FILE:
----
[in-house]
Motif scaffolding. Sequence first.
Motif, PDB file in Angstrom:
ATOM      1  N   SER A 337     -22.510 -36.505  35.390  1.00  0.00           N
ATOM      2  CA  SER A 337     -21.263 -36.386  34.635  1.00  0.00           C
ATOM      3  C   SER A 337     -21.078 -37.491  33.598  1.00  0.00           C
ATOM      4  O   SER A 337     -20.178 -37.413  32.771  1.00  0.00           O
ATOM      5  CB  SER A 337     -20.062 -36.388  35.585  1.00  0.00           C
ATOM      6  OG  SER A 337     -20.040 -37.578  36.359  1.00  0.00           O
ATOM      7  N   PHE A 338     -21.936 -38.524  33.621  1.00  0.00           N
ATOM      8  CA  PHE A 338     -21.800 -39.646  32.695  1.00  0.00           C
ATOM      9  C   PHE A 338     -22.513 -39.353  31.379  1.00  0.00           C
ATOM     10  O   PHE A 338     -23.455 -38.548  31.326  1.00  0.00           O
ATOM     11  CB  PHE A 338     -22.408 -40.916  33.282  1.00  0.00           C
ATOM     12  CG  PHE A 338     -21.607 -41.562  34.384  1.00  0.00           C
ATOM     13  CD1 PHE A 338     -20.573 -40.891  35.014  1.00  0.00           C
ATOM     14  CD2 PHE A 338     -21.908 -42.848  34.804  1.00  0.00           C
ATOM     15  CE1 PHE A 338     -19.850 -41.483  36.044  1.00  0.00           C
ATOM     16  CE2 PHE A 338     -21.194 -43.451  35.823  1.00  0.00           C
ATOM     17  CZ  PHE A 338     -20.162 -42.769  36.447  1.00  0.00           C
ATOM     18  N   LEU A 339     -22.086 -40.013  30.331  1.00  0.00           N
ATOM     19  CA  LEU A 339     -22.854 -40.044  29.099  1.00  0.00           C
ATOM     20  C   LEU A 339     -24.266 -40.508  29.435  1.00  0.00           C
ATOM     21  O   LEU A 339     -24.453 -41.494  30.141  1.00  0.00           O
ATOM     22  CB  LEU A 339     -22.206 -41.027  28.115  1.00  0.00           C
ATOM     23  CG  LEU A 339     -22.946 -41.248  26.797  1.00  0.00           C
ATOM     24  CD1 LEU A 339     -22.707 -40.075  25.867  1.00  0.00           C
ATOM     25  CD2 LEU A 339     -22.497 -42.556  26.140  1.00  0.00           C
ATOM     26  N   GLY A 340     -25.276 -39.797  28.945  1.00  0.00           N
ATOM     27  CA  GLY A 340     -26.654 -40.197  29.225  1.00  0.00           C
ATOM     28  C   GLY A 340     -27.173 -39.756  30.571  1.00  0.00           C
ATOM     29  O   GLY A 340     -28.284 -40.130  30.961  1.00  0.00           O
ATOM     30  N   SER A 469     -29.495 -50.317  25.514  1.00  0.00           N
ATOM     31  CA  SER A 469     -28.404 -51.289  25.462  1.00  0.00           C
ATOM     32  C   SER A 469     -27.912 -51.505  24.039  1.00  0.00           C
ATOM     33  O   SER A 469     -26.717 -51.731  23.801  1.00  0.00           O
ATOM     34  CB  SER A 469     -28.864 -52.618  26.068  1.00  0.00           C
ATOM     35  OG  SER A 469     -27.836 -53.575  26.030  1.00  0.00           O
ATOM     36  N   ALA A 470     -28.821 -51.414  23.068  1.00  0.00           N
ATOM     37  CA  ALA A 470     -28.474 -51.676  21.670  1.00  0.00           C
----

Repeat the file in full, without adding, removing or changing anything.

[in-house]
Motif scaffolding. Sequence first.
Motif, PDB file in Angstrom:
ATOM      1  N   SER A 337     -22.510 -36.505  35.390  1.00  0.00           N
ATOM      2  CA  SER A 337     -21.263 -36.386  34.635  1.00  0.00           C
ATOM      3  C   SER A 337     -21.078 -37.491  33.598  1.00  0.00           C
ATOM      4  O   SER A 337     -20.178 -37.413  32.771  1.00  0.00           O
ATOM      5  CB  SER A 337     -20.062 -36.388  35.585  1.00  0.00           C
ATOM      6  OG  SER A 337     -20.040 -37.578  36.359  1.00  0.00           O
ATOM      7  N   PHE A 338     -21.936 -38.524  33.621  1.00  0.00           N
ATOM      8  CA  PHE A 338     -21.800 -39.646  32.695  1.00  0.00           C
ATOM      9  C   PHE A 338     -22.513 -39.353  31.379  1.00  0.00           C
ATOM     10  O   PHE A 338     -23.455 -38.548  31.326  1.00  0.00           O
ATOM     11  CB  PHE A 338     -22.408 -40.916  33.282  1.00  0.00           C
ATOM     12  CG  PHE A 338     -21.607 -41.562  34.384  1.00  0.00           C
ATOM     13  CD1 PHE A 338     -20.573 -40.891  35.014  1.00  0.00           C
ATOM     14  CD2 PHE A 338     -21.908 -42.848  34.804  1.00  0.00           C
ATOM     15  CE1 PHE A 338     -19.850 -41.483  36.044  1.00  0.00           C
ATOM     16  CE2 PHE A 338     -21.194 -43.451  35.823  1.00  0.00           C
ATOM     17  CZ  PHE A 338     -20.162 -42.769  36.447  1.00  0.00           C
ATOM     18  N   LEU A 339     -22.086 -40.013  30.331  1.00  0.00           N
ATOM     19  CA  LEU A 339     -22.854 -40.044  29.099  1.00  0.00           C
ATOM     20  C   LEU A 339     -24.266 -40.508  29.435  1.00  0.00           C
ATOM     21  O   LEU A 339     -24.453 -41.494  30.141  1.00  0.00           O
ATOM     22  CB  LEU A 339     -22.206 -41.027  28.115  1.00  0.00           C
ATOM     23  CG  LEU A 339     -22.946 -41.248  26.797  1.00  0.00           C
ATOM     24  CD1 LEU A 339     -22.707 -40.075  25.867  1.00  0.00           C
ATOM     25  CD2 LEU A 339     -22.497 -42.556  26.140  1.00  0.00           C
ATOM     26  N   GLY A 340     -25.276 -39.797  28.945  1.00  0.00           N
ATOM     27  CA  GLY A 340     -26.654 -40.197  29.225  1.00  0.00           C
ATOM     28  C   GLY A 340     -27.173 -39.756  30.571  1.00  0.00           C
ATOM     29  O   GLY A 340     -28.284 -40.130  30.961  1.00  0.00           O
ATOM     30  N   SER A 469     -29.495 -50.317  25.514  1.00  0.00           N
ATOM     31  CA  SER A 469     -28.404 -51.289  25.462  1.00  0.00           C
ATOM     32  C   SER A 469     -27.912 -51.505  24.039  1.00  0.00           C
ATOM     33  O   SER A 469     -26.717 -51.731  23.801  1.00  0.00           O
ATOM     34  CB  SER A 469     -28.864 -52.618  26.068  1.00  0.00           C
ATOM     35  OG  SER A 469     -27.836 -53.575  26.030  1.00  0.00           O
ATOM     36  N   ALA A 470     -28.821 -51.414  23.068  1.00  0.00           N
ATOM     37  CA  ALA A 470     -28.474 -51.676  21.670  1.00  0.00           C